I robbed him! But at that place my first year, Jody Hill lived on one side of me, David Green lived on the other. I’ve worked with those guys ever since. It’s just crazy: Of all these big choices you make in life, something like my bladder telling me I have to piss alters the direction of my life.
When you first met David and Jody, did you guys click right away?
I met Jody the first night there. Both of us didn’t know anybody – but we were both wondering where we would get weed. [Laughs] So the first night, I went on some journey with him to try to find weed at our new school, then we smoked it together. It was a lifelong friendship after that. David was a year ahead of us; I met him right at the beginning. But then I was watching a bunch of people’s films from last year and David just had this crazy movie called Would You Lather Up My Rough House? It made me laugh so hard. You could see he had a vision and a voice. I just instantly thought he was awesome.
What was cool about that school was that it wasn’t in a big city. It was pretty far from where they were making movies, so the handful of people there all felt like they needed to have each others’ backs. Because there wasn’t really much of a community to support it there. It really cultivated the type of working relationship we have now where anytime any of us are doing something, we’re always curious what our buddies think or if they have any ideas. I mean, I still do the same stuff with my friends now that I did when I was a freshman in college.
When you were in film school, what was your grandest ambition?
Man, I thought that I’d move to Los Angeles, sell some screenplays, become a director. Then I get there, became a waiter, started working at the Burbank Holiday Inn, was P.A.-ing, ran out of money and didn’t have time to write. I went out there thinking I’d replicate what I was doing in film school. I studied to direct there; I didn’t have anything to do with acting. I was really trying to make that happen, and I quickly learned, so is everybody in that town. I struggled a lot in my early 20s, but looking back on it, I liked how dirty and grimy and dangerous it got. It was living on the edge the whole time.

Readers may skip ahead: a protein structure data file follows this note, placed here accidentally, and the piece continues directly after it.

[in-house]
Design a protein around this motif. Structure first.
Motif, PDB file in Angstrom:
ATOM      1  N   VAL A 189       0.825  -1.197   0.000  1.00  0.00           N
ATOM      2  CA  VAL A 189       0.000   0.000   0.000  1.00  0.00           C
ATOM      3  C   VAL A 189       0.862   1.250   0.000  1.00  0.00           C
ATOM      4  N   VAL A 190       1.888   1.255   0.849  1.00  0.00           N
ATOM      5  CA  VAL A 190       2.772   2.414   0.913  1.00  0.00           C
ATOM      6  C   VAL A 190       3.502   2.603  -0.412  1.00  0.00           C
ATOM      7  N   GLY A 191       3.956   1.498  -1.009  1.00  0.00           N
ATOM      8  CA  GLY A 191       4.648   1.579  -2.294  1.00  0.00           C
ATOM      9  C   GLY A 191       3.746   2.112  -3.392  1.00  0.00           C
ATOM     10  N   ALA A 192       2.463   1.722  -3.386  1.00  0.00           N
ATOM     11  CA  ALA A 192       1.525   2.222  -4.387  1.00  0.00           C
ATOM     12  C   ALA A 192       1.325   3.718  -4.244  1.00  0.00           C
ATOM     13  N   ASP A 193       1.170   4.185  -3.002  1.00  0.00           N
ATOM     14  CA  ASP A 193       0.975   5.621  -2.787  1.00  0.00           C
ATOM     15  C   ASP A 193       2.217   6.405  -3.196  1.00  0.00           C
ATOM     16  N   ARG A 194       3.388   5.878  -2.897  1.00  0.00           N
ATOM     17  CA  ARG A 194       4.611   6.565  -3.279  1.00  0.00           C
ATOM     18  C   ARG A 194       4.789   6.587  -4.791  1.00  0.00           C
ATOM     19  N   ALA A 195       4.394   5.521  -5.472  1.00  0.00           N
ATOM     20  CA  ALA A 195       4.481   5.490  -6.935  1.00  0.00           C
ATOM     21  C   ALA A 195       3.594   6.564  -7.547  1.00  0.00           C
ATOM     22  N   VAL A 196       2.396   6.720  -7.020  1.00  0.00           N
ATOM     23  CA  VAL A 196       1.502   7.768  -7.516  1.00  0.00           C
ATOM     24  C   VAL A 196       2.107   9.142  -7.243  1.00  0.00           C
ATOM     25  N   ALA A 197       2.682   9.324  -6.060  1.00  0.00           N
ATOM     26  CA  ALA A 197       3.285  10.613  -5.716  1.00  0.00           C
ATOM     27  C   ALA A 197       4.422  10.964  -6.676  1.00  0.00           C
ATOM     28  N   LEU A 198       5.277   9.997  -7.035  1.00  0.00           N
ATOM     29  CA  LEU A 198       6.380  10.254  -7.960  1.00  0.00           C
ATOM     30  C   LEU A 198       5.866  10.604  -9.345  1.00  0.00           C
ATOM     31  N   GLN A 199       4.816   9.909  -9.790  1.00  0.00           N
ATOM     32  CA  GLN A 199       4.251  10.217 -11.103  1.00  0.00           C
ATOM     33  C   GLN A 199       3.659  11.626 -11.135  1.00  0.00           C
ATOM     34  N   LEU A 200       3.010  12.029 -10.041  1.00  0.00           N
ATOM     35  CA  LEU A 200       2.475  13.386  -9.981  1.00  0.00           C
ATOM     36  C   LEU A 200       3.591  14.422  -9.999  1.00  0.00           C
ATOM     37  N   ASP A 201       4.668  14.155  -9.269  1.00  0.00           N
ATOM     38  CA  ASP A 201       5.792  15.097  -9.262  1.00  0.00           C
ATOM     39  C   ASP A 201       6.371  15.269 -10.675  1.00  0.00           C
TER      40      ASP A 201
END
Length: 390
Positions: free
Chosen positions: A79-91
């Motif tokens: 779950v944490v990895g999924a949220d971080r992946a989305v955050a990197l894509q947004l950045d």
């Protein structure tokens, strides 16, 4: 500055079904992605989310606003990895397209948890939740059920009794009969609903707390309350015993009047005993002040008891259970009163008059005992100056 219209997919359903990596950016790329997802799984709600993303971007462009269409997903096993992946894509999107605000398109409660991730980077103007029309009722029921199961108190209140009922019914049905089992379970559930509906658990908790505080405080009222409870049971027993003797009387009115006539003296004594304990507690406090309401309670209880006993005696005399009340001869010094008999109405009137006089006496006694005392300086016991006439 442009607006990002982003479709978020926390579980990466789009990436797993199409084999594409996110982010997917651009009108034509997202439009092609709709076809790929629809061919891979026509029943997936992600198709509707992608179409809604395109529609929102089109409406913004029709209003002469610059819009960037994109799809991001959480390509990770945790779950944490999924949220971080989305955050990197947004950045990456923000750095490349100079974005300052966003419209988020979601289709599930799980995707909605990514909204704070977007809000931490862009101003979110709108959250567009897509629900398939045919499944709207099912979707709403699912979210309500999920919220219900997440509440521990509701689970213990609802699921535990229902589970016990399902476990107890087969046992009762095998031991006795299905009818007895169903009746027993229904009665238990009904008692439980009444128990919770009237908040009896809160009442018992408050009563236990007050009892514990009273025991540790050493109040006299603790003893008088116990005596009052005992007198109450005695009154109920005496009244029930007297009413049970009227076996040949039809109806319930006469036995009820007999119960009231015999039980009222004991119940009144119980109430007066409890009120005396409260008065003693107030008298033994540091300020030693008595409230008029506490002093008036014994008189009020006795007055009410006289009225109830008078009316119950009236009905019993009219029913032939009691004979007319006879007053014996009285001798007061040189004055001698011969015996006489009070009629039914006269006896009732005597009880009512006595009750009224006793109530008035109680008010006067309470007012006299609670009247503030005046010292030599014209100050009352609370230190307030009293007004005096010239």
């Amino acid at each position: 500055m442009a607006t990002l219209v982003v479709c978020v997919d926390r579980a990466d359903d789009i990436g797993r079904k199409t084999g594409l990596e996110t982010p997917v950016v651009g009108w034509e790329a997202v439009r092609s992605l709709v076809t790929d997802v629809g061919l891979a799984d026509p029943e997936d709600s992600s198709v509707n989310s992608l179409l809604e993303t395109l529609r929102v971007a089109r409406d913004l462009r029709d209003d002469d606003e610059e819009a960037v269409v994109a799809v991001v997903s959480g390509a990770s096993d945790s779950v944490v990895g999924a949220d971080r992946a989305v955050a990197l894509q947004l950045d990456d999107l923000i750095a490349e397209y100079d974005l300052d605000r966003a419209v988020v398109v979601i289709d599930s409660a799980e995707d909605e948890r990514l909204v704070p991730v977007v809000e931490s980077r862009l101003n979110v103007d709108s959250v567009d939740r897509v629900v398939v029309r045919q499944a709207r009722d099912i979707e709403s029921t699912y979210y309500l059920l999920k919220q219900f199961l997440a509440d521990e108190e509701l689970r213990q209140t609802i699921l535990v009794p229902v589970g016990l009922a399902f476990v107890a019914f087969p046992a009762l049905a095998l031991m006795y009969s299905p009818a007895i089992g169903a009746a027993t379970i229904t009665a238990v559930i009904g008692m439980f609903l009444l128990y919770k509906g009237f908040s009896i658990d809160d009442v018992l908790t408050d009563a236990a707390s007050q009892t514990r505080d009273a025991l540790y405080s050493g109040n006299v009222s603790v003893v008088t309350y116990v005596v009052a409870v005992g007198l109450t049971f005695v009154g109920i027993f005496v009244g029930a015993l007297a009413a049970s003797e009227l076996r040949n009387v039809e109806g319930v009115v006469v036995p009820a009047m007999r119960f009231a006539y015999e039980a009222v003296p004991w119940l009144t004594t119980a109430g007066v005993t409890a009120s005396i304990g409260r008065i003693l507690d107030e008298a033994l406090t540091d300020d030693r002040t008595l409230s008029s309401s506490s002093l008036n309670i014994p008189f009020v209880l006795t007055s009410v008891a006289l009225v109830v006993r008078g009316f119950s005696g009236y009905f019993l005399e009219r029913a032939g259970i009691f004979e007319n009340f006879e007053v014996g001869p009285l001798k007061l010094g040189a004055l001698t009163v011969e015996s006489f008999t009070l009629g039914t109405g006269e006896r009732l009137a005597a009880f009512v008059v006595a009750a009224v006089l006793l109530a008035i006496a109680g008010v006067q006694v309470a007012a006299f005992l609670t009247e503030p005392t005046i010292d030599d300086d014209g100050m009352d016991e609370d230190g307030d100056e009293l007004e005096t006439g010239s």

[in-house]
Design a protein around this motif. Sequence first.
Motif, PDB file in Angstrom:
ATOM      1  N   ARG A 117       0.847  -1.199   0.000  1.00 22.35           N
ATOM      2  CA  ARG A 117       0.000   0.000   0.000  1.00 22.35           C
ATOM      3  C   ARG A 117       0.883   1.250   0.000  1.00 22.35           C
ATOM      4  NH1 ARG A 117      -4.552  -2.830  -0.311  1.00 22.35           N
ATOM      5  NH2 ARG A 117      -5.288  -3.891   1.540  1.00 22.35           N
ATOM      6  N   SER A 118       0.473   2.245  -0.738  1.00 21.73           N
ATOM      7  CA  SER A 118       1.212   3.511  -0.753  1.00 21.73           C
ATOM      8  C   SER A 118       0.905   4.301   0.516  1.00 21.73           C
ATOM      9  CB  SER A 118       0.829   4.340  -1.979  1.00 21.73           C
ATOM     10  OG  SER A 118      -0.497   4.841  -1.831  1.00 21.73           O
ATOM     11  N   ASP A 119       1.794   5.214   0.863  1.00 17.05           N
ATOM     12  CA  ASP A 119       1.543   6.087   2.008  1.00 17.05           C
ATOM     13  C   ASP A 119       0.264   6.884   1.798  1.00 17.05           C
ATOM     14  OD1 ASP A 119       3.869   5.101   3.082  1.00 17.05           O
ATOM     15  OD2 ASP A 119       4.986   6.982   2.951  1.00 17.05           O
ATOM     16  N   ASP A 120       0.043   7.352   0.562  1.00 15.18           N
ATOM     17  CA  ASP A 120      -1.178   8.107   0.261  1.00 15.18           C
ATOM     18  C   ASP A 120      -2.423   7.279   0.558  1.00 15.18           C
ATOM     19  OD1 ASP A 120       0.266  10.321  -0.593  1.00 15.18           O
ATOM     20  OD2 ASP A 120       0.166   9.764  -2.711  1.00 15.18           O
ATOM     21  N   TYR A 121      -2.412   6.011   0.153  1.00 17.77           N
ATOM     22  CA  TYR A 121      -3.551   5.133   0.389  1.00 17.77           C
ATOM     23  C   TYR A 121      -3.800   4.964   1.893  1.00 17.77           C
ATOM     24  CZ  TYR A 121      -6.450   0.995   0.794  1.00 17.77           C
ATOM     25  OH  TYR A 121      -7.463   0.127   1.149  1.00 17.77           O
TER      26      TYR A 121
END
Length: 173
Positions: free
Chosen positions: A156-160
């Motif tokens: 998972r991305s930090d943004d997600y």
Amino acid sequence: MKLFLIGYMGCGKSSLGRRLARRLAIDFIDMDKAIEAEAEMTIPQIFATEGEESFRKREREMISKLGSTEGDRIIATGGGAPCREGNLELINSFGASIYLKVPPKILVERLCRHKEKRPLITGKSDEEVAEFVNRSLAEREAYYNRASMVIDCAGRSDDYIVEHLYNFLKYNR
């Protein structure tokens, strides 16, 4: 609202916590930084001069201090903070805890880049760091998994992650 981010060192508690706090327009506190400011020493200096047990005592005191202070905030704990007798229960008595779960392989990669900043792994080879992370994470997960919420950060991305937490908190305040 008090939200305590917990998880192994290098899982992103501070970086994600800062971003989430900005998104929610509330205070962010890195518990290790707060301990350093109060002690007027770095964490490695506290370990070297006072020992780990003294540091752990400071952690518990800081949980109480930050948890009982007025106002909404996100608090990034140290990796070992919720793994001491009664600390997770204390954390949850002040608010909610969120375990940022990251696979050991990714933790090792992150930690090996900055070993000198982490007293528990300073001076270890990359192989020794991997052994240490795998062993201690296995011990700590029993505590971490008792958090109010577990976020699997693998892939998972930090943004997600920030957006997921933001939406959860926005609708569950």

Among the jobs you had before your film career started, which were your favorites?
I was a pretty good waiter. I worked at the Crocodile Café and was like Neo in The Matrix. I mastered how to do it. One day I came to work and just saw all the patrons as numbers and knew how to get all their orders in, bring their bread out, not get stressed out or pissed off about it. I’d wait tables and meanwhile, figure out how to change something in the second act I was working on. I’d work 10 hours, come home and write. I mean, all of it sucked, but I was trying.
You got drafted in to play that part in All the Real Girls when some other guy quit, right?
Yeah, at the last minute. I was doing [this cameraman] job for Behind the Music and the History Channel, and David called and said, “Hey, will you come and quit your job?” I’m like, “I just got benefits, dude!” But I knew, “This isn’t what you’re here to do.”
At that point, you hadn’t really done any acting. Did you have any concerns whether you could?
I was worried I’d ruin David’s opportunity. But at the end of the day, he’s a smart dude and I trust him. If David thinks I can do this, then I’m not going to waste any time thinking I can’t. I’m just going to go try to deliver what he wants. I found that that came in helpful for everything that happened in my career. Because I went from waiting tables to, six months later, acting with Owen Wilson in Drillbit Taylor, acting with Ben Stiller in The Heartbreak Kid, doing Tropic Thunder with Jack Black, Robert Downey Jr., Tom Cruise. Literally, a year earlier, I was stoned on my couch watching these motherfuckers on my TV. Now I’m being thrown into scenes with them. It was crazy. It really was just a matter of just not getting in your own head about things.
All the Real Girls was a completely different era of movie-making. If you could get your film seen in theaters …
That was a big deal.
Movies like that now would just be on Netflix.